Despite the large time commitment of the lab, I found some time to pitch a story to my then-editor, Ames Radwan. They were extremely happy that I was back to writing and informed me that other students on the staff were thrilled to “see science back in TMS.”

In those moments, I felt a tremendous sense of belonging and appreciation. Here at The Student was a group of people that valued my work, and I felt so happy to be back doing something that I love. 

It was then that I had a moment of clarity, and realized that journalism was something I needed to pursue more seriously. It was clear that there was a way to combine my passions and skills. I love learning about science, but practically, I realized I may be better suited to share the science rather than carry out the experiments.

I finished out the semester with the lab but dropped out over the winter. It was a tremendous experience that helped me gain an appreciation for the hard work done by students and professors on campus but also helped me glean some understanding of myself as well. 

Since then, I have picked up a journalism minor, freelanced for an environmental publication in Dayton and will be working with The Miami Student in the future to officially expand its coverage of environmental issues.

Initially, I wasn’t sure if I’d be able to fit a journalism minor in my already packed class schedule, but with some help from my adviser, we were able to squeeze it in while also fulfilling some other Miami Plan requirements.

I have no doubt that at other schools I would not have been able to academically pursue such diverse interests. My friends at the University of Cincinnati tell me how they have only taken one class outside their major and that they could not take more even if they wanted to.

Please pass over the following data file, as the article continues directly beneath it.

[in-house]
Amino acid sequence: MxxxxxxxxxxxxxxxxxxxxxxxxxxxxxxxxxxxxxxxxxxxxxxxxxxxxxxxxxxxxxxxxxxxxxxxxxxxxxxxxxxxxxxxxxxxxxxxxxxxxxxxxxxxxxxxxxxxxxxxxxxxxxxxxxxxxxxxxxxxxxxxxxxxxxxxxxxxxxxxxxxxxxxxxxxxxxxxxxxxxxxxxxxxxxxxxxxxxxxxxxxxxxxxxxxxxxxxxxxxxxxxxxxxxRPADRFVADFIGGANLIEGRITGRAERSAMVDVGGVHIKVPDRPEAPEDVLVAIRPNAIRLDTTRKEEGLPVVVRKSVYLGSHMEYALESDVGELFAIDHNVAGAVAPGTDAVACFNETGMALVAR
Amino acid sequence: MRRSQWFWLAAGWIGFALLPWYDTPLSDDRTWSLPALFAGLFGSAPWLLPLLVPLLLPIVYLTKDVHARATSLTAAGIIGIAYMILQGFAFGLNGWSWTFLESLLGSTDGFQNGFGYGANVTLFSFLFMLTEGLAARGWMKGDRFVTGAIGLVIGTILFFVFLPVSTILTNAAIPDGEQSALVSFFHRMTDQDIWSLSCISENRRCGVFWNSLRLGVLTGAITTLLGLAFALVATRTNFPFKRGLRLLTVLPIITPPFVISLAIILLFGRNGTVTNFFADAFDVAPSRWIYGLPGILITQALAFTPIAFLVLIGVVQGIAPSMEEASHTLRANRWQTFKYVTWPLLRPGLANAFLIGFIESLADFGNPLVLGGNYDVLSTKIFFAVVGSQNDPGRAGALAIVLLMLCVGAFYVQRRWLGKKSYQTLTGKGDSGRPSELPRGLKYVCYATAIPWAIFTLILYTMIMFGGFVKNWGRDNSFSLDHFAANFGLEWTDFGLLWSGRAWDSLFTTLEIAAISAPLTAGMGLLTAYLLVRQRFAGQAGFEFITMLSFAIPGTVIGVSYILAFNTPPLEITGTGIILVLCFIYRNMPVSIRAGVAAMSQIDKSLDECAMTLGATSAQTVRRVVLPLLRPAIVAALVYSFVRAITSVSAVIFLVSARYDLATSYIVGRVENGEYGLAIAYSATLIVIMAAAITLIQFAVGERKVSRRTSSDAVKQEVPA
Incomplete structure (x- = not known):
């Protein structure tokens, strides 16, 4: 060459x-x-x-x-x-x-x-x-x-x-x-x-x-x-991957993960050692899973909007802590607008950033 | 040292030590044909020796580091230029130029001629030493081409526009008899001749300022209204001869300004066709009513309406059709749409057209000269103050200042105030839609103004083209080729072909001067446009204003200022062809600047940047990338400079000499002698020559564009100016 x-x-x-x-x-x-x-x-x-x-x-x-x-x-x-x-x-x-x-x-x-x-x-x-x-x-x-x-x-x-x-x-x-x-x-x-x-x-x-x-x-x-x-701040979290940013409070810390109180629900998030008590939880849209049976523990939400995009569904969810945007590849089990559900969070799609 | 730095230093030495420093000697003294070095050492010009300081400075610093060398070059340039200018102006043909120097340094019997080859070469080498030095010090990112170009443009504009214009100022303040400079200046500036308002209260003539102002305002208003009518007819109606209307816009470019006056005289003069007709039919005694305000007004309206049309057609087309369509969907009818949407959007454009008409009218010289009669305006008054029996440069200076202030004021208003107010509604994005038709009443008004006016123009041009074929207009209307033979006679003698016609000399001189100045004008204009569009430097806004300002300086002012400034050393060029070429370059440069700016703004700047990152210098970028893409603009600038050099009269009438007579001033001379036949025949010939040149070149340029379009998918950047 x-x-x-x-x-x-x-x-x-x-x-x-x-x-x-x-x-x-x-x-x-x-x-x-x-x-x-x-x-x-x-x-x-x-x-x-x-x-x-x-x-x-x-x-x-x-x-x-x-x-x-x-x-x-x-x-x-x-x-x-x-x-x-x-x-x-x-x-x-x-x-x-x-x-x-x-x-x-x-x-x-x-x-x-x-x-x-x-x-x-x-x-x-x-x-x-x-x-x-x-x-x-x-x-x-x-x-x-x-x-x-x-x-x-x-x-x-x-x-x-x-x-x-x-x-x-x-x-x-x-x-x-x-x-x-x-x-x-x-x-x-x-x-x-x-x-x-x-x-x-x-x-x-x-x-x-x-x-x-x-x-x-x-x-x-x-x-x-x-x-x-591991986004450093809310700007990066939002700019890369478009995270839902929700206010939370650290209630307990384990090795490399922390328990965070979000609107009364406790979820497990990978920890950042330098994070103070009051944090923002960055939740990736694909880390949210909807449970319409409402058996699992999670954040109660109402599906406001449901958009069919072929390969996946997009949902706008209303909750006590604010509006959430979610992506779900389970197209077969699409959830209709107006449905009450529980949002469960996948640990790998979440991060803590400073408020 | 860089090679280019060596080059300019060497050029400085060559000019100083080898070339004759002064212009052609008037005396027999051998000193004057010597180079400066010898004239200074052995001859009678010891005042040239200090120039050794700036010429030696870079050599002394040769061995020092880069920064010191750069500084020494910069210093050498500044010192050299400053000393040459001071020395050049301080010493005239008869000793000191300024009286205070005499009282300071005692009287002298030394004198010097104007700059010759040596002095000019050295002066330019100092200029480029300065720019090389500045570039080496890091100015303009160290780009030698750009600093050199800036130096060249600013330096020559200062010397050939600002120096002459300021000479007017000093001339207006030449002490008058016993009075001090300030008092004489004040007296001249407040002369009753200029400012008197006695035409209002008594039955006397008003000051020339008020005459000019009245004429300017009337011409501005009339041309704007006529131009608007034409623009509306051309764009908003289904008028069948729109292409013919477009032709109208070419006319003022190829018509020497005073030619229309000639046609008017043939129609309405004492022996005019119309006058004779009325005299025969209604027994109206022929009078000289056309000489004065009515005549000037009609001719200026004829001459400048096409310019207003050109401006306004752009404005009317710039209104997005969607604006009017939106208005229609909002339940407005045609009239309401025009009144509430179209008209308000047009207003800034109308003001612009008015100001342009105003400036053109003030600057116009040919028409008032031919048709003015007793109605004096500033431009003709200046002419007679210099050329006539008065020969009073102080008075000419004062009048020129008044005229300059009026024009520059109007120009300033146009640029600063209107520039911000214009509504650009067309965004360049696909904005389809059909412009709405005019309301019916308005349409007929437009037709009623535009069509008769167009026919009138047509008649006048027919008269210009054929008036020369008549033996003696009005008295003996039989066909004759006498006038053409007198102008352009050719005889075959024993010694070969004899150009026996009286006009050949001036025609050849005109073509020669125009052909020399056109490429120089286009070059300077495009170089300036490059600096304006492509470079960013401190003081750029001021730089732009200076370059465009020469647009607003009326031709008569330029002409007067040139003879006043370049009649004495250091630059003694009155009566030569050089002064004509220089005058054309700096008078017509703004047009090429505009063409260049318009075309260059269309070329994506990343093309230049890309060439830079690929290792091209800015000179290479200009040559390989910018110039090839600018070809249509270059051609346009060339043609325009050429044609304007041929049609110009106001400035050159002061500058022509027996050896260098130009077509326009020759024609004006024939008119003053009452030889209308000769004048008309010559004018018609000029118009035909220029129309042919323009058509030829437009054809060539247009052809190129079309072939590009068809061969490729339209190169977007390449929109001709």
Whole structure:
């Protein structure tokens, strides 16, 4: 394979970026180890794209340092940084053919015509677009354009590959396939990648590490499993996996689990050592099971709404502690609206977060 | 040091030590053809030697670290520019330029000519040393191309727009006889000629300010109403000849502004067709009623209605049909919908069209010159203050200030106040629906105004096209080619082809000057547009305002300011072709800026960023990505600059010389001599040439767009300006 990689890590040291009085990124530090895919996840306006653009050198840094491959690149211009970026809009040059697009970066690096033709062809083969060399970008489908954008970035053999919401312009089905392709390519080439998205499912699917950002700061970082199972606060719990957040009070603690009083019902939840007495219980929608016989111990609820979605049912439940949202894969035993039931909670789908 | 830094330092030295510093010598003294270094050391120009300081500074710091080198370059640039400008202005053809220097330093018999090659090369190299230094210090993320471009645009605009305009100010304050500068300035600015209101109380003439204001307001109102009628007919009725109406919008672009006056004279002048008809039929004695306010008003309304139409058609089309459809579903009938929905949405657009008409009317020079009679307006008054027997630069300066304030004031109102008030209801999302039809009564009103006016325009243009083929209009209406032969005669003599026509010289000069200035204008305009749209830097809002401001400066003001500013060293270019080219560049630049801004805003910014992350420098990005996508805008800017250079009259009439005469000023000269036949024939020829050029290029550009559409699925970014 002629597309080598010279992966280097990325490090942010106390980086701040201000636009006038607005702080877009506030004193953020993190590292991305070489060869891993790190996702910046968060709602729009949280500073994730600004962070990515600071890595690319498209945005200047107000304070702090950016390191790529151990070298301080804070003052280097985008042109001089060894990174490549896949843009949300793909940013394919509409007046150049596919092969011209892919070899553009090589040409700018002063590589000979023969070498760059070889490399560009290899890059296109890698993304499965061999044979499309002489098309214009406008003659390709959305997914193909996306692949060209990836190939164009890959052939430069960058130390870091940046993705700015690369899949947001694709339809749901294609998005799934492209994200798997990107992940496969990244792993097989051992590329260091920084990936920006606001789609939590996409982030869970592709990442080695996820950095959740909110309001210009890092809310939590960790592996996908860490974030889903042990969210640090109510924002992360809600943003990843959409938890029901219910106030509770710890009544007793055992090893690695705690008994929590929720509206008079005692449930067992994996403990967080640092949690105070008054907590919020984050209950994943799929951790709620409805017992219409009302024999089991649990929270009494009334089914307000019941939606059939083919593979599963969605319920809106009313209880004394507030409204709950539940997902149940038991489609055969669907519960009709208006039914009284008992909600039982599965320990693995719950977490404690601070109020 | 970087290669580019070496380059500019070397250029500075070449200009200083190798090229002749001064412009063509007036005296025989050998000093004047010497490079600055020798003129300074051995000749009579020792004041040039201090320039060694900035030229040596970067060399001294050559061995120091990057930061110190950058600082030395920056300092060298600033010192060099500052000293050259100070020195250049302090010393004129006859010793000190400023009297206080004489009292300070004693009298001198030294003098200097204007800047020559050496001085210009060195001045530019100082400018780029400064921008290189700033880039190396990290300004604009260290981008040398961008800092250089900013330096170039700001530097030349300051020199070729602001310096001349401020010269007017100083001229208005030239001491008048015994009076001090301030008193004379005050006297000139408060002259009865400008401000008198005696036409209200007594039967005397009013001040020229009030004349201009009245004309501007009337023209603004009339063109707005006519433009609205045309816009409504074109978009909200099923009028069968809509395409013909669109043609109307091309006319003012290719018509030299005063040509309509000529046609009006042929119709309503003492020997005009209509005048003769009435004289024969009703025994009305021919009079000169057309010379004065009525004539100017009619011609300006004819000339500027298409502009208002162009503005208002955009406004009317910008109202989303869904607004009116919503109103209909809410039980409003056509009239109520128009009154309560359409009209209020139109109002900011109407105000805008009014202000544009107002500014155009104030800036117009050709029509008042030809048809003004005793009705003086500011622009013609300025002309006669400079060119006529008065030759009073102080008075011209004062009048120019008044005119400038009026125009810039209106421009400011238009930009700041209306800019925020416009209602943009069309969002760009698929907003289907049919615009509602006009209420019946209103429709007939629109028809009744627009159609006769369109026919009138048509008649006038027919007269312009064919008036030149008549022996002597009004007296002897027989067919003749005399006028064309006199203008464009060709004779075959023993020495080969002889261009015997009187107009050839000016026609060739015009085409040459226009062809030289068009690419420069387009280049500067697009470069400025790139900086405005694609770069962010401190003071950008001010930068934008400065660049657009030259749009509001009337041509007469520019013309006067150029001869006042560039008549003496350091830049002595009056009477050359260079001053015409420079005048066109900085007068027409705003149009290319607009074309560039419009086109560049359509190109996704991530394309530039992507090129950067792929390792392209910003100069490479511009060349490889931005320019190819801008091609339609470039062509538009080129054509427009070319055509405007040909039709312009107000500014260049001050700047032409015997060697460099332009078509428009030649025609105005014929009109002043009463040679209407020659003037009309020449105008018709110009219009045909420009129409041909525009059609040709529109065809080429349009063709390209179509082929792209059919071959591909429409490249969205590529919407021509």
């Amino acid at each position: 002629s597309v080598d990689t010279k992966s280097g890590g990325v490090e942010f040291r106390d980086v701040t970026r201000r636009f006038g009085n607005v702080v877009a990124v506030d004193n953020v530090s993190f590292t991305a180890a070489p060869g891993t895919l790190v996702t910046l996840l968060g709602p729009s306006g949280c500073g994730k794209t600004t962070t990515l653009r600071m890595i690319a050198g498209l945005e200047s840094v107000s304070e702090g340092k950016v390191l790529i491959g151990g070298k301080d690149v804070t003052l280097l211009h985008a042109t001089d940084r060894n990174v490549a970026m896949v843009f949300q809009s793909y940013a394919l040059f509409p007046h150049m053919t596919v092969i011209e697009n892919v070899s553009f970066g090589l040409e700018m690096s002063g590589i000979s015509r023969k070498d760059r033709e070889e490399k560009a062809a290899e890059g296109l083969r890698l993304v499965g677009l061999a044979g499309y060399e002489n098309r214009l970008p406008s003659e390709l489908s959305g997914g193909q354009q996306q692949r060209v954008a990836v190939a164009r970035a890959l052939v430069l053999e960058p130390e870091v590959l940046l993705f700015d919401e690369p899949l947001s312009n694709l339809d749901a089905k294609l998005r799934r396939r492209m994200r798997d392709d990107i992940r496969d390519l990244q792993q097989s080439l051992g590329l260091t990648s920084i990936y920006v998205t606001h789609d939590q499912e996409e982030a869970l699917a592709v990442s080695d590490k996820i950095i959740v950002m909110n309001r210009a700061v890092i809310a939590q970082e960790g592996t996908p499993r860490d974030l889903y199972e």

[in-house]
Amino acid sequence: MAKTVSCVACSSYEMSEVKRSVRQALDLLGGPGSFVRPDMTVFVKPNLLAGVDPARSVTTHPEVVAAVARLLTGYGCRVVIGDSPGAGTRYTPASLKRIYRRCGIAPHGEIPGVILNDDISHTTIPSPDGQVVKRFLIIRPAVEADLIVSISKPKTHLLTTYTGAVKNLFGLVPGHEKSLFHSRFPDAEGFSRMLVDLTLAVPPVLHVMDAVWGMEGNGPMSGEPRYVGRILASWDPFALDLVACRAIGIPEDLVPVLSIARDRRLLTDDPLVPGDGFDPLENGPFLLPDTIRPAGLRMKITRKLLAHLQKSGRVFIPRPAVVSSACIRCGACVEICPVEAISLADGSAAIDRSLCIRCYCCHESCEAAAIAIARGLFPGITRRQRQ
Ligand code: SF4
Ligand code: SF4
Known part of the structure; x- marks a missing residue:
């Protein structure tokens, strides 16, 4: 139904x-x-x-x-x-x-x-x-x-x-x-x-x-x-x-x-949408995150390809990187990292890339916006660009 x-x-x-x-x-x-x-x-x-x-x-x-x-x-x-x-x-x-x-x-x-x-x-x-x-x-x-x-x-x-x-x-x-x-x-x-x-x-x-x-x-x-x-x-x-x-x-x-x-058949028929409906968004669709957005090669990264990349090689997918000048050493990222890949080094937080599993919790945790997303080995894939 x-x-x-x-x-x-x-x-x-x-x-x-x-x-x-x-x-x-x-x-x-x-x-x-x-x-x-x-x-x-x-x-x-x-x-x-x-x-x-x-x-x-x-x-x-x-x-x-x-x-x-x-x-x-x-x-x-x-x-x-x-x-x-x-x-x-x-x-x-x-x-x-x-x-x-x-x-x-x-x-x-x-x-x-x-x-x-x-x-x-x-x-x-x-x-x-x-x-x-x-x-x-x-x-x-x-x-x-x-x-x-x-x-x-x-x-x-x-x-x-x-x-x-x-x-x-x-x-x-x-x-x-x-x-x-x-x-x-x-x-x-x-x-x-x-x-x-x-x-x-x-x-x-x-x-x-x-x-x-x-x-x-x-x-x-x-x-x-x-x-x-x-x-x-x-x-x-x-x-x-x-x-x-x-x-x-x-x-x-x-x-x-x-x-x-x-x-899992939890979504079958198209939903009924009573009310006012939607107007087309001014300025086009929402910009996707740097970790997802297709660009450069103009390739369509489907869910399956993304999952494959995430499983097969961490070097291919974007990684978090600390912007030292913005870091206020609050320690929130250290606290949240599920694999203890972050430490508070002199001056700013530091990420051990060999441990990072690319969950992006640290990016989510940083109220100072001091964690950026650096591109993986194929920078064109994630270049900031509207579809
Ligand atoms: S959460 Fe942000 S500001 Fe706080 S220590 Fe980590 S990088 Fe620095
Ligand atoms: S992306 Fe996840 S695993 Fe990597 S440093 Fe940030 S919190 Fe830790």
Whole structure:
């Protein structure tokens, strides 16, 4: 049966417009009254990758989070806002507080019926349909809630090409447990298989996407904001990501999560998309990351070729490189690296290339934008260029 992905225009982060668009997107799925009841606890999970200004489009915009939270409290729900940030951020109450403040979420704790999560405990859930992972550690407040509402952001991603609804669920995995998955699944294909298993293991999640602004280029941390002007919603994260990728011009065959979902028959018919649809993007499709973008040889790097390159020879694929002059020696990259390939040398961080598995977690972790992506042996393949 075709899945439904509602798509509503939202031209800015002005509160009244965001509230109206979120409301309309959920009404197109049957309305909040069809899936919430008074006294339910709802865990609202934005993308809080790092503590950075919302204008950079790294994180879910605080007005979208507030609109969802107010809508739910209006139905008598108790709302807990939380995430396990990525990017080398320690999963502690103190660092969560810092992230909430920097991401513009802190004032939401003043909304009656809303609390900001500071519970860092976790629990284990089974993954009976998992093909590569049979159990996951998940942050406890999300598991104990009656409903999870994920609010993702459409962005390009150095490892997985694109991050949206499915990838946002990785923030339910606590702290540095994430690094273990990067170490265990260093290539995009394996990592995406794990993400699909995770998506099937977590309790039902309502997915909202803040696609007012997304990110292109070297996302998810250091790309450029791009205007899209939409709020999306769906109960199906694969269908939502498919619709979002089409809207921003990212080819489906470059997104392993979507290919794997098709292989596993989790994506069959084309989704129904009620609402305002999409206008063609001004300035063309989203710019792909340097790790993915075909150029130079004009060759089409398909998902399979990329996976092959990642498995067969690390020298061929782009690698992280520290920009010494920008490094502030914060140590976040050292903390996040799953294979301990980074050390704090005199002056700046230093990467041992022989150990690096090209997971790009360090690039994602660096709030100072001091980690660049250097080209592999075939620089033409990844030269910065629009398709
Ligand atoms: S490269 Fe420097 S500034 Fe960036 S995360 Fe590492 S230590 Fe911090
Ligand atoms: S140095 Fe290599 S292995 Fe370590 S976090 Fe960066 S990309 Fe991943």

This is not only bad for those with diverse interests, but I believe that it is also bad for those who already know what they want to do. Understanding broader perspectives and how your area of study fits into the broader society as a whole can be extremely beneficial.

I have learned how important it is to effectively communicate scientific findings to the public because it is the public’s opinion that can sway legislation to implement or ignore the hard facts. On the other hand, I also have a heightened ability to find, analyze and verify sources of information for stories.

Although my story is just one of the thousands at Miami, I believe it applies to many more students. I still sometimes don’t think I needed to take more Spanish classes, and maybe taking both a global and an intercultural perspectives class is a bit much, but realizing that the potential is there for a huge change is enough for me to appreciate the process. 

I have come to realize that a well-rounded education not only allows someone to pursue different passions but can also help to deepen understanding of your primary subject major. A narrow-minded approach to your area of study can leave so much on the table, and while I’m spending so much money to attend college, I’m going to make the most of what I can learn.

Sam Norton is a sophomore biology major with an environmental science co-major and journalism minor. He has been writing for The Miami Student Opinion section and magazine since the fall of 2021 and was awarded an SPJ Mark of Excellence award for opinion writing.